Laurel Library’s Grand Opening Features Public Art Sculpture by Washington Glass Studio

Washington Glass Studio sculpture at the new Laurel Library.

Washington Glass Studio sculpture at the new Laurel Library. Photo by Pete Duvall.

The Washington Glass Studio (WGS) has recently completed installation of a community based site specific public art commission for Prince George’s County Laurel Library. The new building was designed by Grimm + Parker Architects, with the grand opening of the new library scheduled for November 28, 2016. Features of the spectacular new library include an inset floor area in the children’s section where kids will get to peer at a replica velociraptor skeleton through the glass floor. Just a few miles away from the library site is Dinosaur Park, where scientists work to excavate fossils from the early Cretaceous period. Dinosaur imagery was also included as a theme running through the glass artwork panels.

WGS design proposal sketch

WGS design proposal sketch.

WGS was awarded the commission to make the outdoor sculpture at the front of the new library by Maryland’s Prince George’s Arts and Humanities Council (PGAHC). The Art in Public Places Program RFQ sought out artwork that would provide world class artwork for Prince George’’s County residents and visitors. 

WGS proposal for the project was a 17′H internally illuminated glass and steel sculpture that incorporates glass panels made by the community,residents and stakeholders of the Laurel, MD community. The engineering of the steel framework involved detailed analysis of the structure and its components. WGS worked with structural engineer Holbert Apple to ensure the integrity of the design.

Detailed analysis of sculpture was part of the design development process.

Detailed analysis of sculpture was part of the design development process.

Over 100 glass inset panels were made during the series of workshops held at the Washington Glass School. The Baltimore Sun newspaper featured a story by reporter Lisa Philip about the process. 

A series of community glass quilting bees were held at the Washington Glass School for the library during the summer.

A series of community glass quilting bees were held at the Washington Glass School for the library during the summer. Photo by Lisa Philip/Baltimore Sun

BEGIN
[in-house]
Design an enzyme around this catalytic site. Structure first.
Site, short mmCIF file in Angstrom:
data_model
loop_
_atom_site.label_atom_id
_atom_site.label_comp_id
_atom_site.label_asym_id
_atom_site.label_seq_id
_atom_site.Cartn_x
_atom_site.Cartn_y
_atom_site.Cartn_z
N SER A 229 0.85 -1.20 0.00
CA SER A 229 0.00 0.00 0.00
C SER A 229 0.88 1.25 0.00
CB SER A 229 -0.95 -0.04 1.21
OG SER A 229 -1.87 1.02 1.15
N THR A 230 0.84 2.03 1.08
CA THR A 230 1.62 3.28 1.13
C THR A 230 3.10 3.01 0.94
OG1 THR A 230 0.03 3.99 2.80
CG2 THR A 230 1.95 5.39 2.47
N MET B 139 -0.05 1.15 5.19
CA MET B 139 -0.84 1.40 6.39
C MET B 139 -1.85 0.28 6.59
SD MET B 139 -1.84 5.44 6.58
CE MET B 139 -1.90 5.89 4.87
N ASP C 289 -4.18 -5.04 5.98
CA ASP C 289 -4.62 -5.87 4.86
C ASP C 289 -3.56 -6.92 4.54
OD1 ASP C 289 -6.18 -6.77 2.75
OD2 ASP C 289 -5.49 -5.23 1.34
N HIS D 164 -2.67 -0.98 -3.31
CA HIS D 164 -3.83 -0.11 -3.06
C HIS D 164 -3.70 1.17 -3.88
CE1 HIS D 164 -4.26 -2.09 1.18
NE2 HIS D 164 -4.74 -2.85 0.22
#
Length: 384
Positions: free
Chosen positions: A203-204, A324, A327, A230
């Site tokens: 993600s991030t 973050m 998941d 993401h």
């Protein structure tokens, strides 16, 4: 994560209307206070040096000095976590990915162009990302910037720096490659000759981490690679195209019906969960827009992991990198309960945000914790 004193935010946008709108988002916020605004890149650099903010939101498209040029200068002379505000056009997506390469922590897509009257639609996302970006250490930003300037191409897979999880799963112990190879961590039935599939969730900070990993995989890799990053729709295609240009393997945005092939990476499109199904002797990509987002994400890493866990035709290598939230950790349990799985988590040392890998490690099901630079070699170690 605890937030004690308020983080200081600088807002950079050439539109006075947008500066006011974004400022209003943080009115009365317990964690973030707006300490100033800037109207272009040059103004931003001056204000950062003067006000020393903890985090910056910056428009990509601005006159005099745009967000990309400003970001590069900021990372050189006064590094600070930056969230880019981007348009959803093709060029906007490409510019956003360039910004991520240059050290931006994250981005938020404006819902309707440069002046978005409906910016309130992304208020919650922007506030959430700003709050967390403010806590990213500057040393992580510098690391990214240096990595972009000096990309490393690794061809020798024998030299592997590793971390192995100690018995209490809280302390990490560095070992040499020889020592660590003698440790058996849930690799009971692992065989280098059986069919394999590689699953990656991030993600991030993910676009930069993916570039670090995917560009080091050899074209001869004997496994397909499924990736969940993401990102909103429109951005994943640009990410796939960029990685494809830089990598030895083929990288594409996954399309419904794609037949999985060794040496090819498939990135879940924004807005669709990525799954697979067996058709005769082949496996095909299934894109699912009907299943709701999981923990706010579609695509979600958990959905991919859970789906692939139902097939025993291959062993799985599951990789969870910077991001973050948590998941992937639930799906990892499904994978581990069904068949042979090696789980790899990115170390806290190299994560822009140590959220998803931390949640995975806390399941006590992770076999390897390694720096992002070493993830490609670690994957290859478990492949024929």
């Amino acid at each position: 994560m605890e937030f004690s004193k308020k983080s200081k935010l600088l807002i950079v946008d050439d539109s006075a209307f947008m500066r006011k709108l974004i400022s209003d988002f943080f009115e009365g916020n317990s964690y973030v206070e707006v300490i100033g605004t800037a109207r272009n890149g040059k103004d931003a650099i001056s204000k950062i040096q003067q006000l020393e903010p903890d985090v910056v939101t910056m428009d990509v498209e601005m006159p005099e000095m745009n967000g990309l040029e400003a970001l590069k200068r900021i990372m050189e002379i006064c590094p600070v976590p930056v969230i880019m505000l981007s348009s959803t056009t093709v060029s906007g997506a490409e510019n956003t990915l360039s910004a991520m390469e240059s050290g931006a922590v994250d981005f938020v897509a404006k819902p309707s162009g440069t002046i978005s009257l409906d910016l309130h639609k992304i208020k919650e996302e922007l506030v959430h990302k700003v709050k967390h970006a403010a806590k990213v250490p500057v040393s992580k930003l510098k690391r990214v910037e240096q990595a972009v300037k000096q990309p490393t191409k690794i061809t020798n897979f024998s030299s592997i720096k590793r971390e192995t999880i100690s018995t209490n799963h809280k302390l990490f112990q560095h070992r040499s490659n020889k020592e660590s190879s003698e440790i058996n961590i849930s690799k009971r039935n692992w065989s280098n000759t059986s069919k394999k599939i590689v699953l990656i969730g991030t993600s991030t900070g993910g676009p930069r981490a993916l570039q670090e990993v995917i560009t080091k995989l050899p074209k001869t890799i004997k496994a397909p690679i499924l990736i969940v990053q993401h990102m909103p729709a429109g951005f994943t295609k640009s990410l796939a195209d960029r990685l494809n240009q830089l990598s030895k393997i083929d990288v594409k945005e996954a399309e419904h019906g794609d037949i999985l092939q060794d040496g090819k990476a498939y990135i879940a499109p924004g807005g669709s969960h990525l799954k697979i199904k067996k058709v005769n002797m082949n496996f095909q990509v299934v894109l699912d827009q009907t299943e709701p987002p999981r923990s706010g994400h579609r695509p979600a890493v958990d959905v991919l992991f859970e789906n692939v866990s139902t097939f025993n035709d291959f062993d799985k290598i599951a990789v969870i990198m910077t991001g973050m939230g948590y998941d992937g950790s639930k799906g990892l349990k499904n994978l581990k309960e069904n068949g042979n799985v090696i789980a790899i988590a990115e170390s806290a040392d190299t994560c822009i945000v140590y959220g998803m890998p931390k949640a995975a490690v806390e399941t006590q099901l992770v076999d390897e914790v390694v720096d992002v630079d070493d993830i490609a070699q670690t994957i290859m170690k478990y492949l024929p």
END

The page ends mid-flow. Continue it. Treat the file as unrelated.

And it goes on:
The artwork’s title “Involve Me and I Learn”  is based on a phrase attributed to US Founding Father Benjamin Franklin (who also opened the first US public library). The name references the engagement of the community. The neighborhood and the Laurel Library supporters had joined in making the individual glass panels in workshops at the Washington Glass School.Laurel_Library.artists.washington_glass_school.studio.sculpture.public_art.project.american.great.commission.site_specific.fused.jpg

The resulting variations in each tile’s imagery and technique embody the artist’s concept in bringing the people from the diverse community together to create a cohesive and vibrant sculpture. 

 

 

The artwork inset kiln-formed glass panels express the personality and the  individuality of everyone involved in the project.

The artwork’s internally illuminated kiln-formed glass panels express the personality and the individuality of everyone involved in the project. Photo by Pete Duvall

Project  Information

Artist: Washington Glass Studio 

Design Team: Laurie Brown, Michael Janis, Tim Tate, Erwin Timmers, Audrey Wilson. With Josh Hershman and Pierre Browning.

Structural Engineer : Holbert Apple Assoc Inc 

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Photo by Pete Duvall

Laurel Library
507 7th Street, Laurel, MD 20707

Grand Opening / Dedication – 10:30 AM, Monday, November 28, 2016 – All are invited!

No Dim Bulbs in Lighting Class!

Erwin Timmers instructs one of the lighting class students.

Erwin Timmers instructs one of the lighting class students.

Erwin Timmer’s artistic lighting class these past few weeks brought some serious color to the studio – really brightening up the studio!

Over the three week class, students completed a number of lighting designs, ranging from pendant to wall sconces and table lamps. Great to see how each created functional art that reflected the tastes and aesthetics of each of the artists. This was certainly a class that put forth the effort in the design!